Q: Is the affected lender a “defaulting lender” under the terms of my credit agreement?
A: Potentially. Whether or not the affected lender is considered a “defaulting lender” under your credit agreement depends on the specific definition of “Defaulting Lender” in your documentation. Most credit agreements now include standard LSTA (or in the UK, the LMA) defaulting lender provisions. These provisions were introduced into documentation in the aftermath of the global financial crisis of the late 2000s to address a lender (or administrative agent) that was no longer in a position to fulfill its obligations as lender or agent. The standard definition of Defaulting Lender includes lenders in a receivership. Importantly, however, if the FDIC has appointed a bridge bank and transferred all of the affected lender’s assets to such bridge bank, then the affected lender would no longer be considered a defaulting lender unless the bridge bank itself is in receivership.
The remedies available to the borrower and the non-defaulting lenders include (i) disenfranchising the defaulting lender from voting on consents, amendments and waivers, (ii) in revolving credit facilities, reallocating the defaulting lender’s participation in letters of credit and swingline loans among the non-defaulting lenders, (iii) allowing the borrower to replace the defaulting lender with a new lender, (iv) allowing the borrower to cancel the undrawn commitments of the defaulting lender and appointing existing or new lenders to make up the cancelled commitments, and (v) in the case of a defaulting agent, allowing all parties to make payments through another entity or directly between lenders and the borrower.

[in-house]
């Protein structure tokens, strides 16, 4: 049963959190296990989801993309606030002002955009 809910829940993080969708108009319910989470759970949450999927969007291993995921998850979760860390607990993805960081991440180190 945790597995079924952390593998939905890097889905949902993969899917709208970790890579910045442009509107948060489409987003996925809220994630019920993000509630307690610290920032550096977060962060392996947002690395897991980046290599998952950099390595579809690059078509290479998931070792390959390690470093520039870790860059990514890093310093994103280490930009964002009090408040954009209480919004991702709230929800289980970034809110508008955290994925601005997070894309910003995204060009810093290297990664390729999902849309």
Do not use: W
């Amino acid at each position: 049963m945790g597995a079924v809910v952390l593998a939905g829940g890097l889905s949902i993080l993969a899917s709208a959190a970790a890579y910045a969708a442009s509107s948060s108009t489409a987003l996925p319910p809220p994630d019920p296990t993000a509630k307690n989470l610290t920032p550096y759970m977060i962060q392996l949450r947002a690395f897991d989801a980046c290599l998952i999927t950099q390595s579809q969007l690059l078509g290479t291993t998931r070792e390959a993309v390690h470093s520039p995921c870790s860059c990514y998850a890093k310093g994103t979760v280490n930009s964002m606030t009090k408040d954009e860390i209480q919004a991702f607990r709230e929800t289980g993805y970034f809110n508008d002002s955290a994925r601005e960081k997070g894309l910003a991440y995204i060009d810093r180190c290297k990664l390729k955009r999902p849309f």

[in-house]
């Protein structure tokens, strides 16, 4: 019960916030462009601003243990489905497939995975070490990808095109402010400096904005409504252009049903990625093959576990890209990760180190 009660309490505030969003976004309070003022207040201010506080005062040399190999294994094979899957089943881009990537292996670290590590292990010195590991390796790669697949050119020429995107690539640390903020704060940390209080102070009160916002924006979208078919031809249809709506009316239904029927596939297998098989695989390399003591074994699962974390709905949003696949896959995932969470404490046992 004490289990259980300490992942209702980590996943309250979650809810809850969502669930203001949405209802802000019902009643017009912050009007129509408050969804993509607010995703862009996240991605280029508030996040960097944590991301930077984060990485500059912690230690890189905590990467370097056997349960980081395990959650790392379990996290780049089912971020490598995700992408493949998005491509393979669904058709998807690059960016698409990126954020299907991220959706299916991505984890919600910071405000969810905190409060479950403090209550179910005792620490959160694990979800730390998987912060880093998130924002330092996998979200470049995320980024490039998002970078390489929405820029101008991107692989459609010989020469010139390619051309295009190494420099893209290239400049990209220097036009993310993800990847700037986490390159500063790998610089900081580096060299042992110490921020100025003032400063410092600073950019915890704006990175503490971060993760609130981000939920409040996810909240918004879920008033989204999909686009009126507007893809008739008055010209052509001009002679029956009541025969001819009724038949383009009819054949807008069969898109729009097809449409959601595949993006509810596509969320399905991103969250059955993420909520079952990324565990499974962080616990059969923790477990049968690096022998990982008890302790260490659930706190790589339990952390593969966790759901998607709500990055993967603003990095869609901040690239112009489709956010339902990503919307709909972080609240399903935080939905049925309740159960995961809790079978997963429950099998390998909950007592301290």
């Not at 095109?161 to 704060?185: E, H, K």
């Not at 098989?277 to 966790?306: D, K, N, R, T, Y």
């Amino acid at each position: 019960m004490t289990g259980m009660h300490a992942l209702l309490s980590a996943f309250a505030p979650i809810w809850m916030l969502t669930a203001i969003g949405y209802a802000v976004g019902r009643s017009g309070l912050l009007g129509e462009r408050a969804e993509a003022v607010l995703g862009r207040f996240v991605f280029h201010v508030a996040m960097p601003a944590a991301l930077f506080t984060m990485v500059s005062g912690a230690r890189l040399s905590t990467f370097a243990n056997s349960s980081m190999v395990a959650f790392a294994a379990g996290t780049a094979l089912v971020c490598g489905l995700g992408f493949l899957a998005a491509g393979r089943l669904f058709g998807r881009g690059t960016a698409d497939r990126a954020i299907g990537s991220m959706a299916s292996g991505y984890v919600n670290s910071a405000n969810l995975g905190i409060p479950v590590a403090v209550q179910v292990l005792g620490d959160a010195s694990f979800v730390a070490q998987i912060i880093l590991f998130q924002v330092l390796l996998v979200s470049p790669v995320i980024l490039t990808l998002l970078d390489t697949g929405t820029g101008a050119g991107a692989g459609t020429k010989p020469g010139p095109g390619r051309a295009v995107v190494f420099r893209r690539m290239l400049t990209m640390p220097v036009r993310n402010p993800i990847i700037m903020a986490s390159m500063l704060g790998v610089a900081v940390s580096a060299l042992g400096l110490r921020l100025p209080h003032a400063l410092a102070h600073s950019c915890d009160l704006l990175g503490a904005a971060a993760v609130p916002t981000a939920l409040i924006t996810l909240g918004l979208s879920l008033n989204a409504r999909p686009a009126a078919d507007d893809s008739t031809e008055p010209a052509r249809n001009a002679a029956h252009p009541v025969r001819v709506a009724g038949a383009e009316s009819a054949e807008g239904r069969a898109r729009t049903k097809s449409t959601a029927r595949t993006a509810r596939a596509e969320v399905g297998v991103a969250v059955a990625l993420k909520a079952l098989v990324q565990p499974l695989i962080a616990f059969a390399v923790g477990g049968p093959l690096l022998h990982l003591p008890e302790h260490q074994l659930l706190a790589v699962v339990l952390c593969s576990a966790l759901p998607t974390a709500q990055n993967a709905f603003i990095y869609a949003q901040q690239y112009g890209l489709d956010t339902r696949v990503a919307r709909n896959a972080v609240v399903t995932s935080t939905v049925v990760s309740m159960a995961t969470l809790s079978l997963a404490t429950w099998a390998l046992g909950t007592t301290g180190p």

Q: I am a borrower; should I continue to make payments on my loan?
A: Yes. According to the FDIC’s March 10, 2023 press release, “[l]oan customers should continue to make their payments as usual.” Pursuant to the Federal Deposit Insurance Act, the FDIC
“may withhold payment of such portion of the insured deposit of any depositor in a depository institution in default as may be required to provide for the payment of any liability of such depositor to the depository institution in default or its receiver, which is not offset against a claim due from such depository institution, pending the determination and payment of such liability by such depositor or any other person liable therefor.” 12 U.S.C. § 1822(d).
Loan customers, however, should consult their counsel regarding such payments and any rights of setoff or recoupment.
Q: I am a borrower and I want to refinance my existing credit agreement with a new lender. What should I expect?
A: The typical steps involved in relation to any refinancing include serving notice of termination to the outgoing lender, calculating the full repayment amount (including accrued but unpaid interest and any unpaid costs and expenses), evidencing actual repayment of the full termination amount, and releasing any security granted in favor of the outgoing lender.
Normally, the outgoing lender is involved in the refinancing and will confirm the termination amount, acknowledge receipt of such amount on the refinancing date, and sign the applicable security release documents. However, if the outgoing lender is an affected lender, particularly in the early days of the recovery process, it may not be in a position to cooperate in the refinancing process. In this scenario, the borrower and the new lender may need to take a pragmatic view on some of these steps. For example, the borrower and the new lender will collectively calculate the termination amount. Receipt of the termination amount could be evidenced by an electronic payment confirmation (such as SWIFT), thus sidestepping the need for confirmation from the affected lender.
Q: What is the process of releasing the affected lender’s existing liens in connection with a refinancing?